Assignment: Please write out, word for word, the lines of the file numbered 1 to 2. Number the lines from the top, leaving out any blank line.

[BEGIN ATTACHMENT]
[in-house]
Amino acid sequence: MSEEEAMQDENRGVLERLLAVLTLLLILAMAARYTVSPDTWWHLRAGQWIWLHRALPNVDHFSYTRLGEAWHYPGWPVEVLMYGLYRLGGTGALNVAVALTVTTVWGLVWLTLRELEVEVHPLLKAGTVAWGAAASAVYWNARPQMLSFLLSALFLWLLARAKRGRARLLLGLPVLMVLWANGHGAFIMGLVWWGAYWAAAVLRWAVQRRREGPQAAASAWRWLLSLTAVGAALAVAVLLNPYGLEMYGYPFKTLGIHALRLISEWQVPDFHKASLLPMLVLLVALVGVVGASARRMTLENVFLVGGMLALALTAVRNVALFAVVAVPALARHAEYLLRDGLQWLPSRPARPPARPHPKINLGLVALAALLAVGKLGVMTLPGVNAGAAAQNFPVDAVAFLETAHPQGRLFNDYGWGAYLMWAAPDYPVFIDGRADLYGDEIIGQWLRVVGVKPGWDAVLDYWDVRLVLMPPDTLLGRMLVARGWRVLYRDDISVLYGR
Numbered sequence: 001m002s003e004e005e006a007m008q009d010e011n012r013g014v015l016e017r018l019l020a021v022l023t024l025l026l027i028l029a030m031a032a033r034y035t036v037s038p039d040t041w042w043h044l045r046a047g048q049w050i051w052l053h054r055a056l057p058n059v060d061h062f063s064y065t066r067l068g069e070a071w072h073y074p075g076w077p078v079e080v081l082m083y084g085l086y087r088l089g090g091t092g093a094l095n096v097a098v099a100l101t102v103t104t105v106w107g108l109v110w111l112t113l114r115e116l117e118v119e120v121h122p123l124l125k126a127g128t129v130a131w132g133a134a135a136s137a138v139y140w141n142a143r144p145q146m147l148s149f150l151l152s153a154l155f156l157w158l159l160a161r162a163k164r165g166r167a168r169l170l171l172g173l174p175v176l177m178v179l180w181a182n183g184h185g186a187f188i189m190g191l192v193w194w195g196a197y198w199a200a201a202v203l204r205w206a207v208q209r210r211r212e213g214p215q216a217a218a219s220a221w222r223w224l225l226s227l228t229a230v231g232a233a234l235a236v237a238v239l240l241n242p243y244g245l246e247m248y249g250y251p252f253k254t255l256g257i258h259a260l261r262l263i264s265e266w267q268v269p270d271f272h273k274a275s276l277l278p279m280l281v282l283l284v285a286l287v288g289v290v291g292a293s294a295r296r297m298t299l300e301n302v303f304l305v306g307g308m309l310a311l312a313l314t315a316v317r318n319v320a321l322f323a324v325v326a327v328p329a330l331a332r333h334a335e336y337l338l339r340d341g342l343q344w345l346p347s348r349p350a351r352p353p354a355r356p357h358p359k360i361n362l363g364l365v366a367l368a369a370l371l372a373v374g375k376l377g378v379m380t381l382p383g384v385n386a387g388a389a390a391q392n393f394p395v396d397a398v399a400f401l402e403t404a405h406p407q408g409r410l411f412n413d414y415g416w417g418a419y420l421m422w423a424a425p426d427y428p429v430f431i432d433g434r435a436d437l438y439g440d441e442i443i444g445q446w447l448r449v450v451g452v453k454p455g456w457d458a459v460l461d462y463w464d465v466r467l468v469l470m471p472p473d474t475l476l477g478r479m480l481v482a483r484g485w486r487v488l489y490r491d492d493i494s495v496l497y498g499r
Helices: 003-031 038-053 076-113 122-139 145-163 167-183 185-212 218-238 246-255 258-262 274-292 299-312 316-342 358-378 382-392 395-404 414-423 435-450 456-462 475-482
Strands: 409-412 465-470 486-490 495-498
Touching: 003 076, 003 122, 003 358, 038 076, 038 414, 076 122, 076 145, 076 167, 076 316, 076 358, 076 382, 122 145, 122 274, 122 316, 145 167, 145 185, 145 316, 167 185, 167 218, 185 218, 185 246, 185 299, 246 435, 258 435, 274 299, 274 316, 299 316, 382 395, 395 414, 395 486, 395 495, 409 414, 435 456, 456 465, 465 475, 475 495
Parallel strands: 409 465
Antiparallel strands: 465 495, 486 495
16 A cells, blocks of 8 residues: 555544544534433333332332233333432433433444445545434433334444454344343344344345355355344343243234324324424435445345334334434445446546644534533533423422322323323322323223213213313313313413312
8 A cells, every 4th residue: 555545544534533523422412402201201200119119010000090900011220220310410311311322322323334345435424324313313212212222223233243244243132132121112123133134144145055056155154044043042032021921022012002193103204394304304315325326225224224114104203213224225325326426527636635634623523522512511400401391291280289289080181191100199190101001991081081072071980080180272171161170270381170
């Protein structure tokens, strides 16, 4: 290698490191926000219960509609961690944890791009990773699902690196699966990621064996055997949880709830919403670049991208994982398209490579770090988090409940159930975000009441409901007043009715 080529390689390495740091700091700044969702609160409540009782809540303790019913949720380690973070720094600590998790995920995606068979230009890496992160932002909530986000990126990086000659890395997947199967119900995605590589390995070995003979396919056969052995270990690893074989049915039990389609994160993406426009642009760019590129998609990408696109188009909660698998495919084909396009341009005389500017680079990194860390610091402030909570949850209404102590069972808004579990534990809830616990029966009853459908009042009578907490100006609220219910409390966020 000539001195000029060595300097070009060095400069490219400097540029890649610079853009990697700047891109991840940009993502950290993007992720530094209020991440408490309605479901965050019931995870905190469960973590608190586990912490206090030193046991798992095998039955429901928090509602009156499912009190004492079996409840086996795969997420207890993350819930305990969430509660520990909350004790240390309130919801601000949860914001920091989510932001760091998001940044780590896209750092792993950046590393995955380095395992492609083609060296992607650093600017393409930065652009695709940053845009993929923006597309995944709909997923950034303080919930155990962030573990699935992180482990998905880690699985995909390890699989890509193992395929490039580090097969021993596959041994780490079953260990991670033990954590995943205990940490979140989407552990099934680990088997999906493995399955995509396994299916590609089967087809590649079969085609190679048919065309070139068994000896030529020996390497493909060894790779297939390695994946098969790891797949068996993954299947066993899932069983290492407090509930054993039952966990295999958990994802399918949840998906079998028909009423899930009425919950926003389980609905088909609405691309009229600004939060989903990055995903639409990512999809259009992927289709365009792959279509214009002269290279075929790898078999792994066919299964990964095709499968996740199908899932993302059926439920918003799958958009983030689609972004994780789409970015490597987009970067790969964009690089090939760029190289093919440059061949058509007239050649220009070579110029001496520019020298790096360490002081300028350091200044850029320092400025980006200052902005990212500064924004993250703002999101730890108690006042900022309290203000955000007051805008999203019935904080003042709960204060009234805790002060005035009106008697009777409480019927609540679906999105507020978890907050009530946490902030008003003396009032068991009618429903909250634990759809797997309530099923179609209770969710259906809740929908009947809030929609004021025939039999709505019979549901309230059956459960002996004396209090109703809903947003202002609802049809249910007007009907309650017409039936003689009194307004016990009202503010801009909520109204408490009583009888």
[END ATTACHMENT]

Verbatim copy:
[in-house]
Amino acid sequence: MSEEEAMQDENRGVLERLLAVLTLLLILAMAARYTVSPDTWWHLRAGQWIWLHRALPNVDHFSYTRLGEAWHYPGWPVEVLMYGLYRLGGTGALNVAVALTVTTVWGLVWLTLRELEVEVHPLLKAGTVAWGAAASAVYWNARPQMLSFLLSALFLWLLARAKRGRARLLLGLPVLMVLWANGHGAFIMGLVWWGAYWAAAVLRWAVQRRREGPQAAASAWRWLLSLTAVGAALAVAVLLNPYGLEMYGYPFKTLGIHALRLISEWQVPDFHKASLLPMLVLLVALVGVVGASARRMTLENVFLVGGMLALALTAVRNVALFAVVAVPALARHAEYLLRDGLQWLPSRPARPPARPHPKINLGLVALAALLAVGKLGVMTLPGVNAGAAAQNFPVDAVAFLETAHPQGRLFNDYGWGAYLMWAAPDYPVFIDGRADLYGDEIIGQWLRVVGVKPGWDAVLDYWDVRLVLMPPDTLLGRMLVARGWRVLYRDDISVLYGR